That last scudding bit of course suggests that the Maytrees' marriage will be subject to the laws of nature. All around them their free-spirited friends are coupling and uncoupling, but instead of being salacious or sensational, Dillard's approach to their gamboling is cheerfully anthropological. (She even gives one clan the family name Bonobos, a species of chimpanzee famous for its sexual eclecticism.) Obsessed with matters of the heart, one musty socialite "wears many killing rings" and runs through ‘six husbands like a brochette.’ Another femme fatale sleeps in the dunes; divorced from a painter, a fisherman, an abstract artist and a baseball pitcher, she sweetly collects boyfriends like seashells or sand dollars.
And so it is adultery that ultimately divides this couple, not just Maytree's apparently left-field desire for another woman, but his decision that, after 14 years, he has done his duty as a monogamist. Lou remains on the
Capeand, surrounded by a community that, like an elephant herd, draws close when death or loss looms, devotes herself to Petie. Only when their son is grown does she see Maytree again; when he returns to her, it's to ask a favor that to some would be unimaginable. Not only does Dillard make his request seem entirely organic, but she allows Lou and Maytree to reclaim each other without sentimentality.”
I didn’t read anything about The Maytrees until after I’d finished it and the (few) criticisms of the work matched my impressions. At times, Dillard dredges up words and terms that are so obscure as to pull the reader out of the fictive dream she’s created, but I tend to feel the shortcoming here is mine and not hers. At other times the metaphors she uses are so abstract that the reader is left to wonder what she’s talking about.
Paragraphs like the following were the type that I read and then re-read, knowing I’d found a perfect sentiment, yet not always sure I’d understood it correctly:
“After they married she learned to feel their skin as double-sided. They felt a pause. Theirs was too much feeling to push through the crack that led down to the dim world of time and stuff. That world was gone. They held themselves alert only in those few million cells where they touched. She learned from those cells his awareness and his courtesy. Love so sprang at her, she honestly thought no one had ever looked into it. Where was it in literature? Someone would have written something. She must not have recognized it. Time to read everything again.”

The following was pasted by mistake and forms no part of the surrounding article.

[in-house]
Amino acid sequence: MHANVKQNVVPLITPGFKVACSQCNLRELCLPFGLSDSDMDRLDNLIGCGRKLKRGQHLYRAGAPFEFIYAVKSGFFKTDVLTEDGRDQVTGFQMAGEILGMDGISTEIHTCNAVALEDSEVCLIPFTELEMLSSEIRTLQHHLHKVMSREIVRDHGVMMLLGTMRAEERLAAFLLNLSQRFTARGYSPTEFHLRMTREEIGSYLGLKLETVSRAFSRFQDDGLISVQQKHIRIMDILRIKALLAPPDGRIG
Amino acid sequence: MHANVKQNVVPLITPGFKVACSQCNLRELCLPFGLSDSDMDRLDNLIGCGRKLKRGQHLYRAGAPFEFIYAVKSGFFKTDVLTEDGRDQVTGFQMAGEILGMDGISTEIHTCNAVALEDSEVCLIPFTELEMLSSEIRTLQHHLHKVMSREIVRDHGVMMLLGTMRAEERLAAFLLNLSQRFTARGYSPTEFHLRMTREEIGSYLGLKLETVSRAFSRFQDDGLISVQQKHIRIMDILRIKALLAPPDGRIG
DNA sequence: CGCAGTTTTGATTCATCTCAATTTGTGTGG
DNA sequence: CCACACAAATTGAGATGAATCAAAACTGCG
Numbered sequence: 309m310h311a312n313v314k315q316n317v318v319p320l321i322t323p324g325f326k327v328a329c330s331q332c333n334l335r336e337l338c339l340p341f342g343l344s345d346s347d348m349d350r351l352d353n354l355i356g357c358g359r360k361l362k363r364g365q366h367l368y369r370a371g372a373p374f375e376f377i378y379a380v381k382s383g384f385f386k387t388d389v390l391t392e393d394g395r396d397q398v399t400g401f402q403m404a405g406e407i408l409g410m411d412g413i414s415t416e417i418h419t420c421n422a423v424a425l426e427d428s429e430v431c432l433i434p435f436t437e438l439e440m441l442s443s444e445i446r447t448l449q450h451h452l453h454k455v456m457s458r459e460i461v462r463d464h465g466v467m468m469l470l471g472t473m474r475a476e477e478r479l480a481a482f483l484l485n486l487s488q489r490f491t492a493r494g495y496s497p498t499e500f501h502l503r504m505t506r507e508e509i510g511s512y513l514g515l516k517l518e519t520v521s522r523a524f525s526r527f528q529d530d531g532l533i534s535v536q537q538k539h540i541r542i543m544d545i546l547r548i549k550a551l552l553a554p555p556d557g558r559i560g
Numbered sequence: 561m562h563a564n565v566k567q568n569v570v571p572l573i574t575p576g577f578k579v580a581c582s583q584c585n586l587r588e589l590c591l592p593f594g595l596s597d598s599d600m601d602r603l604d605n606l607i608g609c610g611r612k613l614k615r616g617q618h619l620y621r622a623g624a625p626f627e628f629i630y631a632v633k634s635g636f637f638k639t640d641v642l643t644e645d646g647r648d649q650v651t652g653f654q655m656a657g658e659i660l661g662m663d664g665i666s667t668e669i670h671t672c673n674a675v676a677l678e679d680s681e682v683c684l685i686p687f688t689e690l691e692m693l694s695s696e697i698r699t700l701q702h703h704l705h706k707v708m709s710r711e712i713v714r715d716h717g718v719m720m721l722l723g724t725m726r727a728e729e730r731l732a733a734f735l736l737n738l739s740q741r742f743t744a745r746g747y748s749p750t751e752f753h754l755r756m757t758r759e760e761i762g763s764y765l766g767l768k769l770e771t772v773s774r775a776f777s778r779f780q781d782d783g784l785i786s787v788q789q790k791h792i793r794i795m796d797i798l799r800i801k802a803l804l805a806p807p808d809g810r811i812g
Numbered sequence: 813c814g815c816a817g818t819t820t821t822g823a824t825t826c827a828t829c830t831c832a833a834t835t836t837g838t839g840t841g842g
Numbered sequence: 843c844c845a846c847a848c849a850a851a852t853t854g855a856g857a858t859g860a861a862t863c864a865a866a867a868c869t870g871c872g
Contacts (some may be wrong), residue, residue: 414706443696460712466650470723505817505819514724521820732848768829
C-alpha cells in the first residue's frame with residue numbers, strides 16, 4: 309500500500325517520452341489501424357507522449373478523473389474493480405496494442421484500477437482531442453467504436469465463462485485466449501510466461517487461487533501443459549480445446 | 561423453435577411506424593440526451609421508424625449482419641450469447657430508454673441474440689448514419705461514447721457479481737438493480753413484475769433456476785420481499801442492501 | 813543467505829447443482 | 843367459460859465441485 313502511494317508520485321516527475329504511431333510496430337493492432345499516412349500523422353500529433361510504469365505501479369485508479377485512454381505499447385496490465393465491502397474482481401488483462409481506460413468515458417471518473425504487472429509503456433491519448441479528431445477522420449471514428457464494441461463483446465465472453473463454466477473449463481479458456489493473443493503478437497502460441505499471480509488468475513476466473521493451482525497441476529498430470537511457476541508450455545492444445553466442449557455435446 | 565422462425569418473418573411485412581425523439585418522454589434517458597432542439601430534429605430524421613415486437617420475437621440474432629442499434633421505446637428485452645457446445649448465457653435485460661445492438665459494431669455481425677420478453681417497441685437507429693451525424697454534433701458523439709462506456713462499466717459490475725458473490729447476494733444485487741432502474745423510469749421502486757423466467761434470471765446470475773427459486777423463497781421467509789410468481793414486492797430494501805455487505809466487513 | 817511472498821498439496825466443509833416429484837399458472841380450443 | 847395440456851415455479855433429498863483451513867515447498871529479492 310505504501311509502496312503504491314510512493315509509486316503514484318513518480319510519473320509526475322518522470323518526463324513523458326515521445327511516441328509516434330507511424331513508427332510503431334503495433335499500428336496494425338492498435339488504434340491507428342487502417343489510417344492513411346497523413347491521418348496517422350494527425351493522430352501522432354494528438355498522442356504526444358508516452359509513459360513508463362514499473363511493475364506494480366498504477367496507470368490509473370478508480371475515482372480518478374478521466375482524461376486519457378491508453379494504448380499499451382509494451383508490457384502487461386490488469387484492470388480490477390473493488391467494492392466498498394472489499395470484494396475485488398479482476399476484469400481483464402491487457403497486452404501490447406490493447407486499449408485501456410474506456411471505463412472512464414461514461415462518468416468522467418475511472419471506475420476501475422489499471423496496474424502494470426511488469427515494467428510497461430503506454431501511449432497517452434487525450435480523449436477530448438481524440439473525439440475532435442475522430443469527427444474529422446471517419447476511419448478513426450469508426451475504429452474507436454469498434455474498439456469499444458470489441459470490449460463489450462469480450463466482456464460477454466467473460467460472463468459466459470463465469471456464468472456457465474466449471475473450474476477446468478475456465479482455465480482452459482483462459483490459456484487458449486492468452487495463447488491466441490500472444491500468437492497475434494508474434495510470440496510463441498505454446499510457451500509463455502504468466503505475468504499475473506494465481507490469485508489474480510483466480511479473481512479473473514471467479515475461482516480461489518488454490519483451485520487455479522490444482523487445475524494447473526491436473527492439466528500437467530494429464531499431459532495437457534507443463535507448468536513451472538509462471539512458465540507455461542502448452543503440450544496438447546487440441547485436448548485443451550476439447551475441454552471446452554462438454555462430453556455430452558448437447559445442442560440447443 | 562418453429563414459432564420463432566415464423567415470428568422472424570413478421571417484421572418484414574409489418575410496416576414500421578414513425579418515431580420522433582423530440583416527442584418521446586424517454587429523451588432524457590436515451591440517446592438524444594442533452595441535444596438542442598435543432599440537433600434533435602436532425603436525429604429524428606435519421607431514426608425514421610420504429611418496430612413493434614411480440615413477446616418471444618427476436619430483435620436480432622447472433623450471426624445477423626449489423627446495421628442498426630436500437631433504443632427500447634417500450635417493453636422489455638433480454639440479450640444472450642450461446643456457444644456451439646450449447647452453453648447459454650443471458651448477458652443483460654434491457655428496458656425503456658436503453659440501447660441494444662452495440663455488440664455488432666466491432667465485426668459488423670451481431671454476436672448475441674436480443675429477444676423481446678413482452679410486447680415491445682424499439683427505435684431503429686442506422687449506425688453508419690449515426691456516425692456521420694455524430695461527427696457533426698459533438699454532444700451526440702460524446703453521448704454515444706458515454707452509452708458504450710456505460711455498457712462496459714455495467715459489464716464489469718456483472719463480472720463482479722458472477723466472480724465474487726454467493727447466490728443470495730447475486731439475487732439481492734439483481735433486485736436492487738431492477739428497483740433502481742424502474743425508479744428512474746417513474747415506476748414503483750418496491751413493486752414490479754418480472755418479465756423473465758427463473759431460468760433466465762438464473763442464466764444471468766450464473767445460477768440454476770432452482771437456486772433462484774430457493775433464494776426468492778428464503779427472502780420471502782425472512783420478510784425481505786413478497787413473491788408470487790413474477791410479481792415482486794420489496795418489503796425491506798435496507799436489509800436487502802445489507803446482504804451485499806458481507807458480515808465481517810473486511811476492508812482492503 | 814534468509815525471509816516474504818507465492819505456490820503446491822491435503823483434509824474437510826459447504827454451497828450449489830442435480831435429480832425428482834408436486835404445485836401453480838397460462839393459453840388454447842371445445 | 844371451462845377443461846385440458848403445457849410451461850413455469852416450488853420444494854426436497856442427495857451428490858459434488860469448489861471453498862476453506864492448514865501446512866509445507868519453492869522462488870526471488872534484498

Dillard says the first draft ran close to 1,400 pages and she cut and revised and trimmed it down to the final 216 pages. I wonder if some of the more puzzling sentences and paragraphs are the result of the reduction of a concept to its final essence, where the original meaning that was once there exists only as an impression.
The narrative follows the internal worlds of the characters and gives new perspective to ideas about love, marriage, friendship, children, life and death. When, after fourteen years of marriage, Maytree leaves Lou for their close friend, Deary, Lou analyzes what it means and learns to move forward:
“Within a month she figured that if she ceded that the world did not center on her, there was no injustice or betrayal. If she believed she was free and out of the tar pit, would she not thereby free herself from the tar pit? What was this to, say, losing Petie? Why take personal offense if two fall in love? She knew they reproached themselves. Maytree was party to fits of enthusiasm. Loving was Deary’s nature. What would any of this matter two hundred years hence? She had many decades more to live. Whether she lived them or not was her call.”